In fall 2011, Pennebaker and Gosling integrated the TOWER system into their large classroom-based Psychology 301 course, in which they delivered personalized in-class quizzes, free online readings, small discussion groups, and live chats to each student's laptop or tablet. Facilitated by Liberal Arts Instructional Technology Services, the new system allowed the researchers to retrieve data about the students and see how they navigated the online tools.
The researchers found that daily "benchmark" quizzes, which were followed up with instant results on incorrectly answered questions, helped the students remember and learn from their mistakes, says Pennebaker.
"One important self-regulatory method to improve preparation and performance is to give students frequent testing along with rapid, targeted and structured feedback on their performance, so that they can adjust their learning and studying strategies in time to improve their grades in a course," says Pennebaker, who team-teaches the course with Gosling.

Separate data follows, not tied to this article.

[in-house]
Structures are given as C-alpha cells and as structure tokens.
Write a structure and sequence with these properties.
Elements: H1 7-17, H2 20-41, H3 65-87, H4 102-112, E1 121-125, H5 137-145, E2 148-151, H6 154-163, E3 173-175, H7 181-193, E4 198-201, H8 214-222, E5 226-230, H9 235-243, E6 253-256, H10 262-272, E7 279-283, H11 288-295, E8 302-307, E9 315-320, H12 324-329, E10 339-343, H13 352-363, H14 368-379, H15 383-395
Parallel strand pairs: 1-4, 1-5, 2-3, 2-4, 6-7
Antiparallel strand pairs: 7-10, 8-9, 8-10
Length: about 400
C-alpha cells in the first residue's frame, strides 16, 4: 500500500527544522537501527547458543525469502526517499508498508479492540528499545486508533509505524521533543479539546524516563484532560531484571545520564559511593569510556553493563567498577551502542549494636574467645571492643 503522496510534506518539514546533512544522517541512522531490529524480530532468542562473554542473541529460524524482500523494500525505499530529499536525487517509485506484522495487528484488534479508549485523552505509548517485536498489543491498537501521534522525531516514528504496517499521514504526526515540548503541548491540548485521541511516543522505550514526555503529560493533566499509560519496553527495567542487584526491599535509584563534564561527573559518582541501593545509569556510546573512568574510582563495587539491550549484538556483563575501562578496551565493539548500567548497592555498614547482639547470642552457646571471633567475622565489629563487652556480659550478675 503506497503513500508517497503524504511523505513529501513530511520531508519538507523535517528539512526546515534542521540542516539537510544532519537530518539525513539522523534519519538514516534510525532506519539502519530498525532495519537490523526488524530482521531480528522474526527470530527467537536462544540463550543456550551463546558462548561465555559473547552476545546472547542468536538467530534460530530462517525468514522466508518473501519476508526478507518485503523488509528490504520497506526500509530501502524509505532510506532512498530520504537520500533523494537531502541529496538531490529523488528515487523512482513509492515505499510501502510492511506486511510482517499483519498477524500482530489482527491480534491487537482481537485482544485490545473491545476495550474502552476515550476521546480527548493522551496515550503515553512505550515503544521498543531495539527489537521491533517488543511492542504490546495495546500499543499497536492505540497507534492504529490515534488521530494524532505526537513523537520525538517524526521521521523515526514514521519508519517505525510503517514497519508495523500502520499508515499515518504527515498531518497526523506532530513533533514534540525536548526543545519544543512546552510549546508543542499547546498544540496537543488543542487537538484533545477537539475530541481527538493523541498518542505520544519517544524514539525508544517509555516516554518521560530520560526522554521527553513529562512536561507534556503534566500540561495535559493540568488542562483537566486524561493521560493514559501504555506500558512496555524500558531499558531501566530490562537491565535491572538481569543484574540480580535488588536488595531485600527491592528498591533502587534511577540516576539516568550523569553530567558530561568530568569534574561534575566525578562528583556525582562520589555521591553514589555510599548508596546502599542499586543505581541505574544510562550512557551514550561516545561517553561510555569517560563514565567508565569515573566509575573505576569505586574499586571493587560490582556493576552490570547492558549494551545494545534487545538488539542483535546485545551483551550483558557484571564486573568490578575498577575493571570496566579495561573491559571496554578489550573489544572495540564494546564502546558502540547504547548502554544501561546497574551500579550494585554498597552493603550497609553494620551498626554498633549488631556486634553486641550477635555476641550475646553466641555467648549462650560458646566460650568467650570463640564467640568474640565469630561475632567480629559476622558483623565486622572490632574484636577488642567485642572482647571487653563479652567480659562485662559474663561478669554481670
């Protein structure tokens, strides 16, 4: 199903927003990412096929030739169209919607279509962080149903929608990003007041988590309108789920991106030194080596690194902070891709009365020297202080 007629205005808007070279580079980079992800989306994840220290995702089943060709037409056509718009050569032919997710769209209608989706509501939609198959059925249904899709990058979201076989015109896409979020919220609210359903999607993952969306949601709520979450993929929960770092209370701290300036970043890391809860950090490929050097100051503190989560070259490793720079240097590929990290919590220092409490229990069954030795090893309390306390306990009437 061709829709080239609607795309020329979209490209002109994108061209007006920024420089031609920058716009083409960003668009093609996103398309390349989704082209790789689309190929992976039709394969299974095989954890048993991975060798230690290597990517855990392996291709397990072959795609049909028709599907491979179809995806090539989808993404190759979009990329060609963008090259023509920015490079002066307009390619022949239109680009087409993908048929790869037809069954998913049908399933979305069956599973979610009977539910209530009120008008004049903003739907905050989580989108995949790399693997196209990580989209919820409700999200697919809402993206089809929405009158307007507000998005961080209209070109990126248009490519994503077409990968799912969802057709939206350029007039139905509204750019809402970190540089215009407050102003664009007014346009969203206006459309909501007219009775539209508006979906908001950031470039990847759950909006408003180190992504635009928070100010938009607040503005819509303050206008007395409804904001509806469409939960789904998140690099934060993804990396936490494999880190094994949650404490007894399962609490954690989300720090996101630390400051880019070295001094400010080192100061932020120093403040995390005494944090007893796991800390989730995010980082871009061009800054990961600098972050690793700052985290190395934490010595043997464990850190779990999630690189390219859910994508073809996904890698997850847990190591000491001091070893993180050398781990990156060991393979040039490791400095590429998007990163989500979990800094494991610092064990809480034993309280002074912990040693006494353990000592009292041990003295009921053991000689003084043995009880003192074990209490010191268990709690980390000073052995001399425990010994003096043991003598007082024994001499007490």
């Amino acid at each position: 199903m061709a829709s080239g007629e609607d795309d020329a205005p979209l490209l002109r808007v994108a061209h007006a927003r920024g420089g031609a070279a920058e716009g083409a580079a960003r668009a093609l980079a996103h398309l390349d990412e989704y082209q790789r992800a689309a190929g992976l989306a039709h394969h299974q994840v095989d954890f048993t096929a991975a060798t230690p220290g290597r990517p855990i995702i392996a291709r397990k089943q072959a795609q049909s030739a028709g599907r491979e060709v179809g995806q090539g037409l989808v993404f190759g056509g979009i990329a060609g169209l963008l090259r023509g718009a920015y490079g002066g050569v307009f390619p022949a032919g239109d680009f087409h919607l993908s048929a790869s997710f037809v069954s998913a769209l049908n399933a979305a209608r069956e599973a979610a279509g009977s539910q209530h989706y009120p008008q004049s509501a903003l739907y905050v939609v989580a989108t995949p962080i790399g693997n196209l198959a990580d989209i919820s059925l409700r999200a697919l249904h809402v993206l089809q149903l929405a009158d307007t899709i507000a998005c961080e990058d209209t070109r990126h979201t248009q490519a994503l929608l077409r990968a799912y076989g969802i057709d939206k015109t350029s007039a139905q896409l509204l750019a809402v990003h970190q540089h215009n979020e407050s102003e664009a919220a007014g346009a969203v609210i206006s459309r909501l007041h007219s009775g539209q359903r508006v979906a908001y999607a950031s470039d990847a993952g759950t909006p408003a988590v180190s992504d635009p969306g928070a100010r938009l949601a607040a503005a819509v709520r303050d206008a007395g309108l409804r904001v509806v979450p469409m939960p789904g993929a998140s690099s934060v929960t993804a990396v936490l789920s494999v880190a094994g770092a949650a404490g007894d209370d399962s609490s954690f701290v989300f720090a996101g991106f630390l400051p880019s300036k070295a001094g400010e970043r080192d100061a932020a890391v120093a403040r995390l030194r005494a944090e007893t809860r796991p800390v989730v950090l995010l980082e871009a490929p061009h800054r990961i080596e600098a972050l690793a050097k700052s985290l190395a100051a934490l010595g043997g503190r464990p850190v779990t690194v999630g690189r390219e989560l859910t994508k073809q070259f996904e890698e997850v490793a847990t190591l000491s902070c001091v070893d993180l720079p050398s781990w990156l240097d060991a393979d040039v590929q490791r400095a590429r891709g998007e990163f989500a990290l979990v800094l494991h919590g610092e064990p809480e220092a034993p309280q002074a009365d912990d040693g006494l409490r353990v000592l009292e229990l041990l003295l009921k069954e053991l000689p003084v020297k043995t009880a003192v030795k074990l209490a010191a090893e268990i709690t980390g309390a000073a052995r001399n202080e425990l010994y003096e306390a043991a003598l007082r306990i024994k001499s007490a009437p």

In the experiment, 901 students enrolled in the fall 2011 TOWER course provided information about their parents' education levels. The subjects took 26 brief multiple-choice quizzes at the beginning of every class. Eighty-six percent of the final grade was based on the quizzes, and 14 percent was based on online writing assignments. No final or other exams were administered. The TOWER student performance was compared with 935 students enrolled in Gosling's and Pennebaker's previous traditional Psychology 301 courses, in which four exams accounted for the bulk of the final grade.
According to the results: